More details emerge on streaming residuals for writers and actors

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We now have a few more details on exactly how, following this year’s strikes, the streaming residuals for both actors and writers will work in the future. 

The strikes that crippled Hollywood and forced major studios to delay most of their slate have finally come to an end. The Writers’ Guild of America (WGA) reached and agreement with Alliance of Motion Picture and Television Producers (AMPTP) in late September and the Screen Actors Guild – American Federation of Television and Radio Artists (SAG-AFTRA) followed on 9th November. 

One of the key issues in both negotiations was streaming residuals. Writers and actors typically get a fee every time their project is broadcast, but in the era of streaming, these residuals have begun to seem a bit small when platforms allow subscribers to stream hours and hours of TV shows and films. 

Deadline has done a comprehensive explanation on just how the new agreement between the streamers and guilds works. Essentially, both have agreed to “success-based” bonuses. Mind you, this is the bit of the article where we’ll throw a lot of percentages your way. 

Members of SAG-AFTRA on strike.
Credit: Getty Images

How will the new streaming residuals work?

A project has to accumulate a specific amount of domestic views in the first 90 days of premiering for it to be eligible for the new bonus. Views are counted by the hours viewed divided by the project’s runtime rather than the number of unique accounts watching. It’s obviously a pretty flawed way of measuring viewership but no better alternative seems to exist. 

The model currently also only applied on scripted, high budget subscription video on demand series, meaning anything on Amazon Freevee for example isn’t eligible. Amazon will struggle overall as anyone with an Amazon Prime membership has access to Prime Video and will be counted as a subscriber, regardless of if they watch shows like Dead Ringers, The Boys or The Peripheral. With nearly 170m domestic subscribers, that 20 percent threshold becomes near impossible to reach. 

How much will creatives receive in the future from streaming residuals?

If their project is eligible and reaches the criteria, a WGA member will receive an additional 50 percent of their fixed residual. For SAG-AFTRA members, it’s a slightly different case. The streamers will pay them 100 percent of their fixed residual, but the performer will only receive 75 percent of this, with the remaining 25 percent going into a fund that is controlled by SAG-AFTRA and AMPTP and will be distributed among the union’s members.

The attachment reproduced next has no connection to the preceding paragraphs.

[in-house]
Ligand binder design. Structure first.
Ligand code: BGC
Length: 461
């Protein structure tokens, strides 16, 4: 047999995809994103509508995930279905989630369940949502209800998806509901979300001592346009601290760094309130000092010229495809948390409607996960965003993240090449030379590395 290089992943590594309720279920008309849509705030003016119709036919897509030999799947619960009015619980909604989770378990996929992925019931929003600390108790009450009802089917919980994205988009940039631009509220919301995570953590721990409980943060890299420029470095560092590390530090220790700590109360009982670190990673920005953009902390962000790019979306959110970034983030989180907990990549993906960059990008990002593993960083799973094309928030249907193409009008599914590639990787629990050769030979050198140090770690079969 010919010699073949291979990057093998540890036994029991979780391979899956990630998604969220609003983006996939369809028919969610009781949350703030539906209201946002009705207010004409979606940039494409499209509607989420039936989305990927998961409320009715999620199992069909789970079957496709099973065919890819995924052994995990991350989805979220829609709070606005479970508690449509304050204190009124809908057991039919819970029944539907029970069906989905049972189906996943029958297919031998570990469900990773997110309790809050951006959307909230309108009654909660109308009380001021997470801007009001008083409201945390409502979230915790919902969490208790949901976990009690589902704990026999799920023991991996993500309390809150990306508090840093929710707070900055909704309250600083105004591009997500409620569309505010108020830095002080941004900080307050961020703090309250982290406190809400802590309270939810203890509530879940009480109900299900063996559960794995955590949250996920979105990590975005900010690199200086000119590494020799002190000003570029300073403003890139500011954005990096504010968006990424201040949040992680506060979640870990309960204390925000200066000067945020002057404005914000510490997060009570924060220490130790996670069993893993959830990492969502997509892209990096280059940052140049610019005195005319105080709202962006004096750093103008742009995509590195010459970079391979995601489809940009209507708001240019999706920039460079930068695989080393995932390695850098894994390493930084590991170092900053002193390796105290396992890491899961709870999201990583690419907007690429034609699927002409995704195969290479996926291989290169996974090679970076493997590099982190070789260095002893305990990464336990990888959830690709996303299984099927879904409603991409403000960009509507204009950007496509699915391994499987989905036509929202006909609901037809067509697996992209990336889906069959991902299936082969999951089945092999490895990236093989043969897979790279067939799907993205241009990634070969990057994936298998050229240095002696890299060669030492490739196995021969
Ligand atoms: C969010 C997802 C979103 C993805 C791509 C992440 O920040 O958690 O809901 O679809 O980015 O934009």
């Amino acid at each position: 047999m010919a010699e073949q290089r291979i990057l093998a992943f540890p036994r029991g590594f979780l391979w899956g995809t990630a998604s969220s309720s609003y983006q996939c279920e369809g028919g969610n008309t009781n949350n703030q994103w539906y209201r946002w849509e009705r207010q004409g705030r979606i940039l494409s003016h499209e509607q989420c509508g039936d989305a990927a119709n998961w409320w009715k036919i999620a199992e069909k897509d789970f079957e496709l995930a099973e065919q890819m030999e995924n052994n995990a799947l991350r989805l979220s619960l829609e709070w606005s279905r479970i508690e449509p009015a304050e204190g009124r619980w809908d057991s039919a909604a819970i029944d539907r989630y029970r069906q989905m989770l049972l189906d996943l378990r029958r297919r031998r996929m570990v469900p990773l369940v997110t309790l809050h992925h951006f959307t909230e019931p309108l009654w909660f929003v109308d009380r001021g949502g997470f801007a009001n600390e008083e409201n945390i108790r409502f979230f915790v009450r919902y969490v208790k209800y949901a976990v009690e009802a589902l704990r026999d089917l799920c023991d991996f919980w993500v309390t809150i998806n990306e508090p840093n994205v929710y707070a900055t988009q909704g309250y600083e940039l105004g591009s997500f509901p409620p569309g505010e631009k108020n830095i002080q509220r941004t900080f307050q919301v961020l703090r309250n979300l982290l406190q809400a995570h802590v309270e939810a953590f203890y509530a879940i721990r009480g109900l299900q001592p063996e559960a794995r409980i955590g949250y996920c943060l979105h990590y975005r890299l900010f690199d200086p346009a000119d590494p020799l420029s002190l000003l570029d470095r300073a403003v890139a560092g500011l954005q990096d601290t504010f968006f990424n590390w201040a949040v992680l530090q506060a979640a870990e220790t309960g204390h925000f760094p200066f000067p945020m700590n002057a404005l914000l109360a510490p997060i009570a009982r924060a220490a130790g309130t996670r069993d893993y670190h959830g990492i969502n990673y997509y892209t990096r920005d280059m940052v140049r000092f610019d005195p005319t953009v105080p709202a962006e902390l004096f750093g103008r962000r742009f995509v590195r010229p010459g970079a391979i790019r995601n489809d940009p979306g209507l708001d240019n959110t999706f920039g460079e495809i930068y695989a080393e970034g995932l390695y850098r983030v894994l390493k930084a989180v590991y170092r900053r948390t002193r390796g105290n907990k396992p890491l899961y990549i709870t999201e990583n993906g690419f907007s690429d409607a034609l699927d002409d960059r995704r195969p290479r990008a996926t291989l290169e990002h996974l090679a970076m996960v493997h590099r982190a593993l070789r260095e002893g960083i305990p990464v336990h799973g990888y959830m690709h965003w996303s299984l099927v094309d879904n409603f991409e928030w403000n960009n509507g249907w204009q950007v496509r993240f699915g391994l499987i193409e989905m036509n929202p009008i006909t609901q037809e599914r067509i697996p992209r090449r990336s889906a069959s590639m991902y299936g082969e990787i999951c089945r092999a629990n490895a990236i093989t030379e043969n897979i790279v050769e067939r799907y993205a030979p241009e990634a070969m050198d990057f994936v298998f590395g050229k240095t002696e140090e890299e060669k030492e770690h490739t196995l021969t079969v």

This has caused some concern as it leaves it quite open as to how the money will be used and distributed. SAG-AFTRA’s National Executive Director and Chief Negotiator Duncan Crabtree-Ireland said the fund is “for other actors who work in made-for-streaming content that’s exhibited on those same platforms.”

stranger things (1)
Stranger Things. Credit: Netflix

So while shows like Bridgerton and Stranger Things will almost certainly always qualify for the extra payments, the fund would ensure that actors who appear in projects that will never meet the criteria will also get something. 

“The intent is to broaden this so that it’s not just the folks who worked on the most successful programs [who benefit], but also people who worked on other programs that are on the platform, but which maybe didn’t rise to that level of hit status that triggered the 20 percent threshold,” Crabtree-Ireland told Deadline. If a performer receives the success-based bonus, they won’t be eligible for the fund payment. 

Will all programmes and films be eligible for the success-based bonus?

It seems that all of this only applies to the streamers’ original content. However, most streamers build their library by heavily relying on licensed shows and films. The residual deal for these usually rely on the project being broadcast multiple times, but streaming has changed all of that, and it seems that little has changed for shows that Netflix has licensed for their use. 

The success-based bonuses will not work for shows like Suits or The Office. The streaming service, in this case Netflix, will only continue to pay out a previously agreed licensing fee to the studio. Usually, the creatives involved in a project will receive a very small percentage of this. 

We already mentioned Stranger Things and Bridgerton as examples of TV shows that will certainly benefit from the new structure, but Deadline’s article also mentions smaller shows like Poker Face, which aired on Sky in the UK and on Peacock in America, as a potential one that would benefit from it – as well as Disney Plus’s Secret Invasion. It seems that Amazon will struggle immensely because of the sheer number of subscribers who don’t necessarily watch any of Prime Video’s content.

It’s not a perfect system, but it’s a step forward at least. Hopefully this will open the door for more negotiations when it comes to streaming residuals and streamers releasing more accurate and detailed data over their viewership. 

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